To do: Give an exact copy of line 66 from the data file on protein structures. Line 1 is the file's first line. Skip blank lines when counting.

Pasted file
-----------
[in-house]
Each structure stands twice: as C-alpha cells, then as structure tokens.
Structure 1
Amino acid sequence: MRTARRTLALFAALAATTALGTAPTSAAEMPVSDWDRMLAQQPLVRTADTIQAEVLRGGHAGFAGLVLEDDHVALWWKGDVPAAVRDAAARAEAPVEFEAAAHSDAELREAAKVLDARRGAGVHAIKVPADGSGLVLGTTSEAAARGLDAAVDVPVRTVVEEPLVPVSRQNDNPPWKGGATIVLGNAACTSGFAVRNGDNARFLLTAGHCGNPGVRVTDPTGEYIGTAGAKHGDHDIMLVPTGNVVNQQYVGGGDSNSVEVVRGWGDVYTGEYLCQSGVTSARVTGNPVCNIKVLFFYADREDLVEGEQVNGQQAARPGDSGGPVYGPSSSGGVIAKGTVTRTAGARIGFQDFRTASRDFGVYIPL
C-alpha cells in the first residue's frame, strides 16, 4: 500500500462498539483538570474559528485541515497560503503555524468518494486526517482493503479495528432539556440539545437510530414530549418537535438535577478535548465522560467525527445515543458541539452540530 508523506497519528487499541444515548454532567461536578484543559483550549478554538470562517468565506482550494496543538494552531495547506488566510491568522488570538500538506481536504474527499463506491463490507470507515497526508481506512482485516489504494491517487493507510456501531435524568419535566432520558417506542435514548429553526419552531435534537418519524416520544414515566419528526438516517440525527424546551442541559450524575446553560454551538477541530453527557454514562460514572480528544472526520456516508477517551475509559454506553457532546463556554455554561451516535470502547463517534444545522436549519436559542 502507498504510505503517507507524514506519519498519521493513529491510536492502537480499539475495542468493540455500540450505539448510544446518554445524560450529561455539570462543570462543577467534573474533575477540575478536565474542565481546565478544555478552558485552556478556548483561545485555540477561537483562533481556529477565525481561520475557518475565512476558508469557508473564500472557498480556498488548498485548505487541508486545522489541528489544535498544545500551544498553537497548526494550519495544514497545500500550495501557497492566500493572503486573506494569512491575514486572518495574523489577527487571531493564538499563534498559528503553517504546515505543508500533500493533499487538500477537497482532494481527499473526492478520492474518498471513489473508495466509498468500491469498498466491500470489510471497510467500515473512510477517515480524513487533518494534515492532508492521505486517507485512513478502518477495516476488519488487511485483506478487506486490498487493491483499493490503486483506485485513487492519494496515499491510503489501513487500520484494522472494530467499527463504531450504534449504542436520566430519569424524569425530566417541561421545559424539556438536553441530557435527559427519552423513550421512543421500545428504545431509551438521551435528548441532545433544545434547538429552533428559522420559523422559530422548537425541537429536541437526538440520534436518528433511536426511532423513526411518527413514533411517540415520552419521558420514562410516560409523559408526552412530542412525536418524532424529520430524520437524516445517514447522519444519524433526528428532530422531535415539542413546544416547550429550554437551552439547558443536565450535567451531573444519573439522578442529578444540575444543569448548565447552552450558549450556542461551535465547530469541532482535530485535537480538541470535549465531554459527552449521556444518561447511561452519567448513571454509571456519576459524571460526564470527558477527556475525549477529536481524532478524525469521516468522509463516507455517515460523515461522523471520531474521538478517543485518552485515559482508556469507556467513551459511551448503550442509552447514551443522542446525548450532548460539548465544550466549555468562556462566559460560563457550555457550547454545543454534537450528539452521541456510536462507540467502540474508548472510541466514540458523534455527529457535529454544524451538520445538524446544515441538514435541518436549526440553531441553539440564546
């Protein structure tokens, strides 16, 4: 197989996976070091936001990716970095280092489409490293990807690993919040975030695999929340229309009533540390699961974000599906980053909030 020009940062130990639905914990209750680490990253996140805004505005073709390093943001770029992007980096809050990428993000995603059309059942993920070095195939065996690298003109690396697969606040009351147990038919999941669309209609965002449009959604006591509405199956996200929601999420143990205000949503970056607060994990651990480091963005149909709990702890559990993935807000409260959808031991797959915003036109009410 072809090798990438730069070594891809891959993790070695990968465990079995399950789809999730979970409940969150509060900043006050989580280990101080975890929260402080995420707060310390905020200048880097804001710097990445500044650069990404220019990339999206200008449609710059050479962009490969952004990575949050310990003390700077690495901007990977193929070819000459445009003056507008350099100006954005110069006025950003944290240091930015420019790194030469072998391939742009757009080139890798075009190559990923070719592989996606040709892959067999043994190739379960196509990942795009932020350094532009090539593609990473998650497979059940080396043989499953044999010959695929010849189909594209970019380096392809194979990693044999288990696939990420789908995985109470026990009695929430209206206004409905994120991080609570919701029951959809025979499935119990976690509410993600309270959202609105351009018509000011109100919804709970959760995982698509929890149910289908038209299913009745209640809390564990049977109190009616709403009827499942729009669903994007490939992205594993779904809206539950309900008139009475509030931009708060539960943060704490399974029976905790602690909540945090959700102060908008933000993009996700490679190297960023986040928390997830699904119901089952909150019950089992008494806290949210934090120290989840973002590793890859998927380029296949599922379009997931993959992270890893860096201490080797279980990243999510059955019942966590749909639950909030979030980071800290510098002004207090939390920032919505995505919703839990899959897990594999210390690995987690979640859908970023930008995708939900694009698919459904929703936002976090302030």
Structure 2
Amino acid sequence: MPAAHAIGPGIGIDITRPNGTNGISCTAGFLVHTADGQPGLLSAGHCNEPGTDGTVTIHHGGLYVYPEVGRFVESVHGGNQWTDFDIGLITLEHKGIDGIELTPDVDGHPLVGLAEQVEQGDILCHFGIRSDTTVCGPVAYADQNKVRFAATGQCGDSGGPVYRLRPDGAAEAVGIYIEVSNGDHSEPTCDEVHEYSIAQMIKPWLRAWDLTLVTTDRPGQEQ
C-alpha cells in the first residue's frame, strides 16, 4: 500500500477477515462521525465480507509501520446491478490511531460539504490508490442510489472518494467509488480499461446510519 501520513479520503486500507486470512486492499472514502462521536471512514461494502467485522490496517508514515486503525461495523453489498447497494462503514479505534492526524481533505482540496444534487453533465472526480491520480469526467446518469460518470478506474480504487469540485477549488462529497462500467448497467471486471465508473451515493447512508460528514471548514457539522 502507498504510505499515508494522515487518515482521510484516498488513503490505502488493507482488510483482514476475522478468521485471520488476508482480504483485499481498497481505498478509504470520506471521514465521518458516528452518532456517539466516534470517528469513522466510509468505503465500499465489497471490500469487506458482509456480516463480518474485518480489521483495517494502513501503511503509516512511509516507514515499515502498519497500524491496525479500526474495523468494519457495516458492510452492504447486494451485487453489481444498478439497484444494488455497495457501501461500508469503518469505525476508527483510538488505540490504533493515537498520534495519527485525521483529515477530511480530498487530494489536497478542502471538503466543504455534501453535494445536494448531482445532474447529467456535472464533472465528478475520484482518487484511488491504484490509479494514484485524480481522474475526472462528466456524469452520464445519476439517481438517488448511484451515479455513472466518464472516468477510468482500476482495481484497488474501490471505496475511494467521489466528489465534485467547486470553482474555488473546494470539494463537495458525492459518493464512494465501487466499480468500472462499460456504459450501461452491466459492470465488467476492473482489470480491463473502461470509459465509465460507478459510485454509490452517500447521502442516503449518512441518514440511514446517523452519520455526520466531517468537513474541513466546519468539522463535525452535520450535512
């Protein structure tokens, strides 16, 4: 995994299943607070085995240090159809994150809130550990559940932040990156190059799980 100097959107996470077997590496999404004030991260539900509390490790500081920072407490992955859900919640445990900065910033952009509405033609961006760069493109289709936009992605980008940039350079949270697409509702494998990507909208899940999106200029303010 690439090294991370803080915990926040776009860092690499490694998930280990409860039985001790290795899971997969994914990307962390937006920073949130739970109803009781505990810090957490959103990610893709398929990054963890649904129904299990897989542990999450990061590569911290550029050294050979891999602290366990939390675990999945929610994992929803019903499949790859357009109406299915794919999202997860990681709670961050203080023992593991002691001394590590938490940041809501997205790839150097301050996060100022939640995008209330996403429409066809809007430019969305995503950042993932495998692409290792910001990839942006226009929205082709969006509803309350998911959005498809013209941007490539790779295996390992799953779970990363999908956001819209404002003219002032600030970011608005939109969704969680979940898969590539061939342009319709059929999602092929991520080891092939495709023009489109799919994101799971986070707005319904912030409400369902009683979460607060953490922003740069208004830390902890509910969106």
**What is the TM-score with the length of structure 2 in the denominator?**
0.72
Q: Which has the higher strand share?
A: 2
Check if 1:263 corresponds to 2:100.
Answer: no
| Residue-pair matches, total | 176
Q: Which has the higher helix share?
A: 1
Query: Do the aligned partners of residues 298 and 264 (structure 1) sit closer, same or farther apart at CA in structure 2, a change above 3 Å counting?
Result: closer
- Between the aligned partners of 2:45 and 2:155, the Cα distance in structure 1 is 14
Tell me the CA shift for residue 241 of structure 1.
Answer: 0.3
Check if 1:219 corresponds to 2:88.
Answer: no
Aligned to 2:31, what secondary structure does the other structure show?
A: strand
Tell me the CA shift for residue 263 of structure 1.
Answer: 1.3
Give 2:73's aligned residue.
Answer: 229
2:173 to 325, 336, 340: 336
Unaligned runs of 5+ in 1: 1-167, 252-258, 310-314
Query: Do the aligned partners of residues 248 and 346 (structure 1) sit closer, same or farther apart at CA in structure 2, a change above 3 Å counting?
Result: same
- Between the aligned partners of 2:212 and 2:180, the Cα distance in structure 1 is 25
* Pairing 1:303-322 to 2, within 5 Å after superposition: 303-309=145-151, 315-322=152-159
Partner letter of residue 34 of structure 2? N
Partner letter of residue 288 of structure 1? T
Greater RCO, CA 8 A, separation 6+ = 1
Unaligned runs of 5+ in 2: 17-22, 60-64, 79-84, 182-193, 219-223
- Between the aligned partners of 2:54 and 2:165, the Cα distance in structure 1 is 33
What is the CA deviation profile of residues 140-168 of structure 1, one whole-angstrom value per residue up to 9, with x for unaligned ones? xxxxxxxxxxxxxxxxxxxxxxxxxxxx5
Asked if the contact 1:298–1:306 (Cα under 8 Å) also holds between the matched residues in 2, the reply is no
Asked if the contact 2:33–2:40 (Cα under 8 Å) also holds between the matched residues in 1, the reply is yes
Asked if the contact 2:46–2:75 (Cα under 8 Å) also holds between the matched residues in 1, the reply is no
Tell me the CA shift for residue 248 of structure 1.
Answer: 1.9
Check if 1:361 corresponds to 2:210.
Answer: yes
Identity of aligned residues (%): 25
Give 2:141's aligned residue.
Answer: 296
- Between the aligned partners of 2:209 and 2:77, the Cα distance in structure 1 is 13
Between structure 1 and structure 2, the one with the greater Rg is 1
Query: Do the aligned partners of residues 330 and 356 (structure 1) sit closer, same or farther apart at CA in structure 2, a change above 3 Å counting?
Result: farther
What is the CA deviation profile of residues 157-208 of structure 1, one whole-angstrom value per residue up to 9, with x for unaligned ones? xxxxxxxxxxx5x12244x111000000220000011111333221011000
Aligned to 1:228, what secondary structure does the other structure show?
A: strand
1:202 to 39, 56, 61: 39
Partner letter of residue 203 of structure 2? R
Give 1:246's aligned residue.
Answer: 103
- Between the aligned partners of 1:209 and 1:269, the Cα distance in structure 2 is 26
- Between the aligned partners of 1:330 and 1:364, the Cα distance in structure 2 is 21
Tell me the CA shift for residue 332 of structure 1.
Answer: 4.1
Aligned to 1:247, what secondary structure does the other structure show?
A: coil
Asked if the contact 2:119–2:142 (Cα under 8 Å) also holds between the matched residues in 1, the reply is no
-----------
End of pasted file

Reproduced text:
- Between the aligned partners of 1:209 and 1:269, the Cα distance in structure 2 is 26